No 4: Little Savings for Retirement

Saving for Retirement

No 4: Little Savings for Retirement

Christine and Stephen Toma have more-modest goals for their retirement stash. But they're thankful that their employer, Kuchera Industries, in Johnstown, Pa., has prompted them to make saving a high priority.


Six Ways to Build Your Retirement Savings

How Working Longer Adds Up

The Cost to Crack Your Nest Egg

Ever since she went to work as a marketing representative for the circuit-board manufacturer two years ago, Christine contributed 4% of her annual salary to her 401(k) plan, enough to capture the company's matching contribution. Stephen, who recently joined the company as a photographer and videographer, signed up to contribute 5% of his salary.

Then the Tomas took advantage of the Principal Financial Group's Milestone advice program, which is offered free through their employer. The financial profile they received included individual projections of how much money they would have by age 65, based on their current contributions, plus suggestions on ways to boost their savings. "The numbers they showed us initially were scary," says Christine. "We would have been living in poverty if we had stuck with the amount we were contributing."

Christine and Stephen each signed up to increase their salary deferral automatically by two percentage points a year. They also decided to roll over retirement accounts from their previous employers into their company plan and to invest all of their money in target-date retirement funds appropriate for their goals (see "Funds That Keep It Simple," on page 39). The Principal adviser showed them how they could shift more money into retirement savings once they pay off two car loans, which total about $600 a month.


Christine, 41, says she would like to retire from her current job at age 50 and try something new. And the Tomas have a handful of aces in the hole that could make that possible: an affordable cost of living in Johnstown, a mortgage that will be paid off in nine years, and Stephen's passion for his job, which he says he'd be happy to keep indefinitely.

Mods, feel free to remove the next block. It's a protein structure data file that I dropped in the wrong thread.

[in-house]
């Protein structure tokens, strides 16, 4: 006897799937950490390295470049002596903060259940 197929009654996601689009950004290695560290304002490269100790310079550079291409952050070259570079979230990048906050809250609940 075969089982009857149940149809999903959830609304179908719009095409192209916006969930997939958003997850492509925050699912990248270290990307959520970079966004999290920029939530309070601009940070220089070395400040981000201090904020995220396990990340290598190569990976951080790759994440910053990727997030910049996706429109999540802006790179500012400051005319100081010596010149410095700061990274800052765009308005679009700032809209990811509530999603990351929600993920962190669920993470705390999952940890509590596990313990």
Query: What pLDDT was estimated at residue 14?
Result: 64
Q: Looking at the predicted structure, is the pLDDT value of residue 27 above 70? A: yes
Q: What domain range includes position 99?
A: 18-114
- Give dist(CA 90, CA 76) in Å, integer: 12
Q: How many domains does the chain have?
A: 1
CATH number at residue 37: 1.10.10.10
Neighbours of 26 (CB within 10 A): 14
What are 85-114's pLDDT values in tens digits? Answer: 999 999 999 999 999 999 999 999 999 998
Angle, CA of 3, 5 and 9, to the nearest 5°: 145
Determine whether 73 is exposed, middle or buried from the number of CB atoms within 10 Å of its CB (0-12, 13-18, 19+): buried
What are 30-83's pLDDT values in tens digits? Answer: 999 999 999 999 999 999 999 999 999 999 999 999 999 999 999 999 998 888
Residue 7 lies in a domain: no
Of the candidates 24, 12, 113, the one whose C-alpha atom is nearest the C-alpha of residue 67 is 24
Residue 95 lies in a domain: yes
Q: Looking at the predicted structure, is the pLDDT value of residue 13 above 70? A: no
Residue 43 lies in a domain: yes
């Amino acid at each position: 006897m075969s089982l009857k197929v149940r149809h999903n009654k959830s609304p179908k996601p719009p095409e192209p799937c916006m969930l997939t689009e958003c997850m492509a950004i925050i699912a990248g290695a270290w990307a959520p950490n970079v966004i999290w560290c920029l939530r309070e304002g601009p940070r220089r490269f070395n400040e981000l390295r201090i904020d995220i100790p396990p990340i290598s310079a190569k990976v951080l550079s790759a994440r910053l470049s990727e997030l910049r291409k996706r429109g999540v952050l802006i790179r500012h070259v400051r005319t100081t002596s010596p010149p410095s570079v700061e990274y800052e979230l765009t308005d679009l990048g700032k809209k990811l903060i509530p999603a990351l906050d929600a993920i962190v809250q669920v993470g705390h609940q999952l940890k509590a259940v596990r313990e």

Fortunately for the Tomas -- and anyone else looking to bolster retirement savings -- working just a few years longer can make a huge difference in retirement income. If you continue to work, you can contribute to your savings for a few more years, delay tapping your nest egg and reduce the number of years that your assets will have to generate income.

In addition, a few extra years on the job could mean continued access to employer-provided health-insurance benefits until you become eligible for Medicare at 65. And the longer you wait to collect Social Security benefits, the bigger your benefit will be (until age 70, when delayed-retirement credits end).

Delaying retirement does not necessarily mean delaying gratification, says Christine Fahlund, chief financial planner for T. Rowe Price. Even if you stopped saving for retirement and spent the extra dollars on travel or anything else that struck your fancy, you could still boost your nest egg, and consequently your retirement income, says Fahlund.


That's because every dollar you earn is a dollar that doesn't have to be withdrawn from retirement savings. In fact, a recent analysis by T. Rowe Price shows that someone who works an additional three years beyond 62, saves 25% of his gross income and delays collecting Social Security benefits until 65 would increase his total retirement income by 28% -- about the same amount as someone who worked four years longer with no additional savings and began collecting Social Security benefits at 66.


No. 1: Late Start on Saving
No. 2: Lack of Focused Strategy
No. 3: Big Nest-Egg Losses
No. 4: Little Savings for Retirement
No. 5: Frozen Pension Funds
No. 6: Saving in a Bear Market

HOME: Catch Up on Your Retirement Savings